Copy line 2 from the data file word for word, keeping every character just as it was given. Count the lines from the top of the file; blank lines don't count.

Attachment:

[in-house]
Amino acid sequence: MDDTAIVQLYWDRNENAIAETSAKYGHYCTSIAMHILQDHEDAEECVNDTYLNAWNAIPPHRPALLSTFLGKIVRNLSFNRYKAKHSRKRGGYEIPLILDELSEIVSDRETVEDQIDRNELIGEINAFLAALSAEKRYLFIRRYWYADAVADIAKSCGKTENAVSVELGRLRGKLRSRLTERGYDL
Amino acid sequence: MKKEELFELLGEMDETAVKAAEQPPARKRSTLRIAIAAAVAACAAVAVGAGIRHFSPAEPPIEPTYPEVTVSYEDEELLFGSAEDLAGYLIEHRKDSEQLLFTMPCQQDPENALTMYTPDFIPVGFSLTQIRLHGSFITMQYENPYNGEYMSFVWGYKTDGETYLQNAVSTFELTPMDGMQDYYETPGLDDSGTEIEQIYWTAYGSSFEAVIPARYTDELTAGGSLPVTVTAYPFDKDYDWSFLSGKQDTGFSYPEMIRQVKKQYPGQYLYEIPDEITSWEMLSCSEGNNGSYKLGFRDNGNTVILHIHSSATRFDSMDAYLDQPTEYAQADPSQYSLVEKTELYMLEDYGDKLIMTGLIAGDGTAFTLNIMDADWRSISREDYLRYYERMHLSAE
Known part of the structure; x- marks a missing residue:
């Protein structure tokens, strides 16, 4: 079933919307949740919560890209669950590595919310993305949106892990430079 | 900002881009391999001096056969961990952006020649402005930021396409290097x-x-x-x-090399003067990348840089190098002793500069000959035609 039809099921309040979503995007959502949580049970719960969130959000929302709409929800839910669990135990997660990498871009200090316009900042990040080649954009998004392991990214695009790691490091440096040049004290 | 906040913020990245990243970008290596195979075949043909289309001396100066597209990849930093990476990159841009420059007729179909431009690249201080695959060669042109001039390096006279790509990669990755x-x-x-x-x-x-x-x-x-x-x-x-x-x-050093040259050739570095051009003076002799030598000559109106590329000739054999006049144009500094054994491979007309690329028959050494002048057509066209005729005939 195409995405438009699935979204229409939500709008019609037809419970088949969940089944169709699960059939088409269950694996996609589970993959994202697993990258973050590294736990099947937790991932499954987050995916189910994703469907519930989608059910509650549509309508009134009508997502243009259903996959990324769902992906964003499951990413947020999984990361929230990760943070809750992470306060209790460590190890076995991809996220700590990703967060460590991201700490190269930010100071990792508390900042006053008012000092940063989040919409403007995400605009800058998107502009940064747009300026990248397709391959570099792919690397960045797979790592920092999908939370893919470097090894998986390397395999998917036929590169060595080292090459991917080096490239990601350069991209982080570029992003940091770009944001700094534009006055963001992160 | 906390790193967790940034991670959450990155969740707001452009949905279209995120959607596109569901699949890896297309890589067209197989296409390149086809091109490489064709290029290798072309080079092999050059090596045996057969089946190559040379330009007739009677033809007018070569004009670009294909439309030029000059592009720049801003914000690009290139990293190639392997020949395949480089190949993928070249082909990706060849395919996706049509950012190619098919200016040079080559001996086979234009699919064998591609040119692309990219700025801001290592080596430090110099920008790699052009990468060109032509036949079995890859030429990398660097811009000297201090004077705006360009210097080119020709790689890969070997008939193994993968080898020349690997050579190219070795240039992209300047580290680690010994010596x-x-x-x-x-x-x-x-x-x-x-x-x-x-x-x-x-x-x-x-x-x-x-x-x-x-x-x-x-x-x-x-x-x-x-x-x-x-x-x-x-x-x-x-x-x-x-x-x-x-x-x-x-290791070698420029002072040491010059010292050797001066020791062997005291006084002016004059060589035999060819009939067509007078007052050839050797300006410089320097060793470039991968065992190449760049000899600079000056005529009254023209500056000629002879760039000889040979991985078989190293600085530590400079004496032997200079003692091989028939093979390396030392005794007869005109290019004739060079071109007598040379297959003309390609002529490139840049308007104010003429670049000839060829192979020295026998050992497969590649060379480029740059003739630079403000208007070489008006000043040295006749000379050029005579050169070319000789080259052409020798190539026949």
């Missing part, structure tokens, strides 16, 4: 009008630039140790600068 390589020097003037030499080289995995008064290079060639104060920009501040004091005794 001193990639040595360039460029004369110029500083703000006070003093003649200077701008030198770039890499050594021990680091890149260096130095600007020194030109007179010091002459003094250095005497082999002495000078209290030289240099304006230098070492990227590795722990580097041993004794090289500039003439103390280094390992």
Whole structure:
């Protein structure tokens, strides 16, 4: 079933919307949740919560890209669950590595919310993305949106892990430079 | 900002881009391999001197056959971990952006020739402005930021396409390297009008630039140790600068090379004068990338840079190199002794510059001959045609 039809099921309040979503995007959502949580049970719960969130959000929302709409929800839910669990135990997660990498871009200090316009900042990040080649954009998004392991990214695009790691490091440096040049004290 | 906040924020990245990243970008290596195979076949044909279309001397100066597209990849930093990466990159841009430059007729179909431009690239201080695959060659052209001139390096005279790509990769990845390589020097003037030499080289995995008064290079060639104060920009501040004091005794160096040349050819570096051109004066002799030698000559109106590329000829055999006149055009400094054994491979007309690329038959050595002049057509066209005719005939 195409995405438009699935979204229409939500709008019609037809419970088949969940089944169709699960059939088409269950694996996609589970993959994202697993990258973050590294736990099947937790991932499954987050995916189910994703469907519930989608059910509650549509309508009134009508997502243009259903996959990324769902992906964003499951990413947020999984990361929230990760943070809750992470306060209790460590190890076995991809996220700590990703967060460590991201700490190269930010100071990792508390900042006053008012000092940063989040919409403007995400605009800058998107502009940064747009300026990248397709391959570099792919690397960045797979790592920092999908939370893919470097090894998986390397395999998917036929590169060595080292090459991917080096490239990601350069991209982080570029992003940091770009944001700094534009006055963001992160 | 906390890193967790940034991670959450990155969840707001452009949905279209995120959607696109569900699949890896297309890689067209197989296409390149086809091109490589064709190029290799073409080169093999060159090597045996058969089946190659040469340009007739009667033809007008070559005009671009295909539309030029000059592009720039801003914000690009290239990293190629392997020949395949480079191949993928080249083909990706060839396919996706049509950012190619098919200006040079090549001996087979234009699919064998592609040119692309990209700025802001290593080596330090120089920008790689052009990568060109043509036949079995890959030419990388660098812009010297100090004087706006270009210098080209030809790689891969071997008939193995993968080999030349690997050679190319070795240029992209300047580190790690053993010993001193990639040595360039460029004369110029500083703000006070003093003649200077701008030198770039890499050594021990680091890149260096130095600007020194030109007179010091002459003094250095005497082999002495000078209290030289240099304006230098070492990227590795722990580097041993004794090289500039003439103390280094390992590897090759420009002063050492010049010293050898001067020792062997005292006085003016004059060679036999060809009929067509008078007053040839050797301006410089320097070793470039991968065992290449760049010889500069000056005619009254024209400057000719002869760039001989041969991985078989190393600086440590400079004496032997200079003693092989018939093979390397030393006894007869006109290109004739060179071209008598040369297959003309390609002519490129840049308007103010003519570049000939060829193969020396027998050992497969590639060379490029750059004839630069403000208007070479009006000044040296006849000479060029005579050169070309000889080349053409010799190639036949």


Amino acid sequence: MDDTAIVQLYWDRNENAIAETSAKYGHYCTSIAMHILQDHEDAEECVNDTYLNAWNAIPPHRPALLSTFLGKIVRNLSFNRYKAKHSRKRGGYEIPLILDELSEIVSDRETVEDQIDRNELIGEINAFLAALSAEKRYLFIRRYWYADAVADIAKSCGKTENAVSVELGRLRGKLRSRLTERGYDL